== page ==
A Different Perspective on Ambivalence…
“Ambivalence is a common human experience and a stage in the normal process of change. Getting stuck in ambivalence is also common, and approach-avoidance conflicts can be particularly difficult to resolve on one’s own. Resolving ambivalence can be a key to change, and indeed once ambivalence has been resolved, little may be required for change occur. However attempts to force resolution in a particular direction..can lead to a paradoxical response, evening strengthening the very behavior they were trying to diminish” (Miller & Rollnick, 1991, p. 19).
In order to resolve ambivalence, it is vital to understand that stuckness is a normal part of the process of change. In fact, at the heart of the matter, is resolving one’s own conflicting feelings on an issue. Miller & Rollnick, (1991), suggest conceptualizing one’s dilemma’s as a decisional balance. “Transactional analysis often regards the experience of ‘ feeling stuck’ as the manifestation of an impasse or an intrapsychic conflict or interpersonal roadblock…Impasses occur each time we encounter a situation in which our current adaptations cannot make sense of or handle meaningfully…(Petriglieri, 2007, pp. 185-187).” Addressing the issue, from this perspective can be seen as a matter of weight costs and benefits for each course of action. So how might this explanation apply to my social ambivalence?
Unresolved insecurities stemming from childhood experiences pollute my thinking today.
My interpretations of others’ opinions becomes a foundational element of how I see myself.
When I think with my feelings in a knee-jerk manner, my unresolved insecurites turn into self-fuffilling prophecies, by withdrawing and isolating myself.
Examining how my knee-jerk coping styles perpetuate my insecurity and loneliness can provide the clarity necessary to overcome this ambivalence.
Tipping the decisional balance chart, involves carefully breaking down decisional alternatives in this manner. Which route is the preferable alternative???
In these posts, I share how I’ve worked through ambivalence & feelings of stuckness in my life:
Types of Psychological Conflict…
Miller & Rollnick (1991) describe three types of ambivalent conflict. “In the approach–approach conflict, the person must choose between two similarly attractive alternatives An avoidance–avoidance conflict, in contrast, involves having to choose between two evils—two (or more) possibilities Still more vexing is the approach–avoidance type. This kind of conflict seems to have special potential for keeping people stuck and creating considerable stress. Still more vexing is the approach–avoidance type. This kind of conflict seems to have special potential for keeping people stuck and creating considerable stress” (p. 15).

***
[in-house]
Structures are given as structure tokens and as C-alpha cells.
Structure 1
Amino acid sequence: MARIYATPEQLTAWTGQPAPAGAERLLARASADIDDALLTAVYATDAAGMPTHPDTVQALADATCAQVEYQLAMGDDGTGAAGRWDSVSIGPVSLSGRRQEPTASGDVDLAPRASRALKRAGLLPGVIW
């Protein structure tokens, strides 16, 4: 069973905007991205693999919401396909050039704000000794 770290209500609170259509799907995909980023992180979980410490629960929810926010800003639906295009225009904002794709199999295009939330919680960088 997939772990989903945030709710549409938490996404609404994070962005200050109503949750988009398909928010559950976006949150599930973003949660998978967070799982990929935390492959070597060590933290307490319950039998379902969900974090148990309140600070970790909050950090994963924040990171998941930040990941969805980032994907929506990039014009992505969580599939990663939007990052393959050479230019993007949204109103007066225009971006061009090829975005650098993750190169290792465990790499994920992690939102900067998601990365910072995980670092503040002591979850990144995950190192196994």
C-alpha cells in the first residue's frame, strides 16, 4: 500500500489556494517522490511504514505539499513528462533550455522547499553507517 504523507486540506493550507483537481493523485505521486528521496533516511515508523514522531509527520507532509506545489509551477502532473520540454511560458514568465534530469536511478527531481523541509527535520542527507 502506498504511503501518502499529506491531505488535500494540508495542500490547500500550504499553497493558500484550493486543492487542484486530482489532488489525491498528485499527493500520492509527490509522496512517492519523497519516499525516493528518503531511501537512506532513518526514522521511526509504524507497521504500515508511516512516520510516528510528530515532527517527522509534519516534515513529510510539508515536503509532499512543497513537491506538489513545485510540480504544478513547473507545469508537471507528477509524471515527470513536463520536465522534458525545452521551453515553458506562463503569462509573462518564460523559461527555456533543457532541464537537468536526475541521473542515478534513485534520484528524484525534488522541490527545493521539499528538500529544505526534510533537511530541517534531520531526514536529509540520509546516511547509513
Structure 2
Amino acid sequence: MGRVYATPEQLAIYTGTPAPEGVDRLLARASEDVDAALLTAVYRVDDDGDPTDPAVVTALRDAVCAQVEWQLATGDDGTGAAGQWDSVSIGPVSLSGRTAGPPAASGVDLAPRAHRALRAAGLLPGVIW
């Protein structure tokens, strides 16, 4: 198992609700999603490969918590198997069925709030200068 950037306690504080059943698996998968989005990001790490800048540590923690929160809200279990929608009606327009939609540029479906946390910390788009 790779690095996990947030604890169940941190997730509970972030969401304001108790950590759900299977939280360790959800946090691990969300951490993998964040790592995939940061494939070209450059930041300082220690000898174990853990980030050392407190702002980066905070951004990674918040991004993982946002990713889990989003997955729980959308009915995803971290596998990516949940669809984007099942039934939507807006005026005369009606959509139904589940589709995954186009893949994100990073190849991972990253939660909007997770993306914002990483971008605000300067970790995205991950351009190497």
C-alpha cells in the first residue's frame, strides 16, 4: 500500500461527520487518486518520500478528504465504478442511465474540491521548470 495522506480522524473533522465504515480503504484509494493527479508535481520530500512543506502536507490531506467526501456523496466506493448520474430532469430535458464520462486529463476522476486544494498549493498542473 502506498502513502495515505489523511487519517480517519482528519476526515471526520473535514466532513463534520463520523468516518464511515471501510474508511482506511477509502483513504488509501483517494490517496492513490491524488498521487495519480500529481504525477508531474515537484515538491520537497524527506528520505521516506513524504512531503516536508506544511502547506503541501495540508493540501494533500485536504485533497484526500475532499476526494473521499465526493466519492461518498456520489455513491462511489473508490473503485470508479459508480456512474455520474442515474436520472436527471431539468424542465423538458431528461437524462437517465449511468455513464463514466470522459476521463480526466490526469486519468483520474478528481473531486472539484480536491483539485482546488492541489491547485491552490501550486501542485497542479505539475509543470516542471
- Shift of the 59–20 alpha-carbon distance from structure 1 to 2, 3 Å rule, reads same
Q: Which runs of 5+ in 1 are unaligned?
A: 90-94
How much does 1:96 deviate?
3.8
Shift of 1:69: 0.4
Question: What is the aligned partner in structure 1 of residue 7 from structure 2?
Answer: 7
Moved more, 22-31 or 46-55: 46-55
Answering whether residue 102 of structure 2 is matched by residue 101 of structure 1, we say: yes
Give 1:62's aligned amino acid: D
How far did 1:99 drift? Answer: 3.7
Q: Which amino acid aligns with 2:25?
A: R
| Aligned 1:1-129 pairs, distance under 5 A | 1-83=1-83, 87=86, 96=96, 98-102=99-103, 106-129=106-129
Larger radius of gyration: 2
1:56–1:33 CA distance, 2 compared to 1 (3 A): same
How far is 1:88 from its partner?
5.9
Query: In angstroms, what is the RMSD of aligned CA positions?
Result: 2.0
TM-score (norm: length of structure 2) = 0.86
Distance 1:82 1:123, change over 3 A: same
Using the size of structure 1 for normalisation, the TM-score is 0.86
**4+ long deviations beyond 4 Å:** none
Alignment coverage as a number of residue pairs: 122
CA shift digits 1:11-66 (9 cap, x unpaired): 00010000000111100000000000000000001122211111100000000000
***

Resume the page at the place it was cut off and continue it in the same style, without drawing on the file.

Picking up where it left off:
Ambivalent Paradoxical Responses…
“The theory of psychological reactance predicts an increase in the rate and attractiveness of a ‘problem’ behavior if a person perceives that his or her personal freedom is being infringed or challenged. Secondary effects of a change within the person’s social environment may also account for detrimental shifts” (Miller & Rollnick, 1991, p. 18)
Miller & Rollnick, (1991) note that common response to the utilization of deterrents to curb negative behavior is an increase of that behavior. I like to think of this as a passive-agressive rebelliousness. As a married mother of two boys, I’m the only source of estrogen. The males in my family tend to utilize this response to any repetitive requests for them to do/not do something, (i.e. nagging) 🙂 …. For example, my son hates being late for school, if I keep nagging him to get up earlier he can rebel by dragging his feet in the morning. The consequence is he gets to school even later and complains about it more. My youngest complains about being tired at school, yet responds similarly when I tell him to get to bed earlier. When I discussed this with my husband, he noted this knee-jerk, response is probably a result of the boy’s picking up on his bad habits 🙂 … These behaviors could be interpreted as an innate desire to challenge the restrictions placed on personal freedom.
A Solution to Ambivalence
So how do you resolve ambivalence? I’ve spent too many years on a hamster wheel in my own life. Overcoming my own stuckness has been at the heart of my efforts to create forward-motion. As I mentioned earlier, Miller & Rollnick (1991) discuss a decisional balance chart as a useful tool to overcome ambivalent. When I reflect on my own decision making processes at different points in life, I see flaws in my thinking. At the heart of the matter, underlying my stuckness, were unresolved hurts and traumas that caused flaws in my thinking. Addressing these issues head on and allowing healing to occur has been critical for forward progress.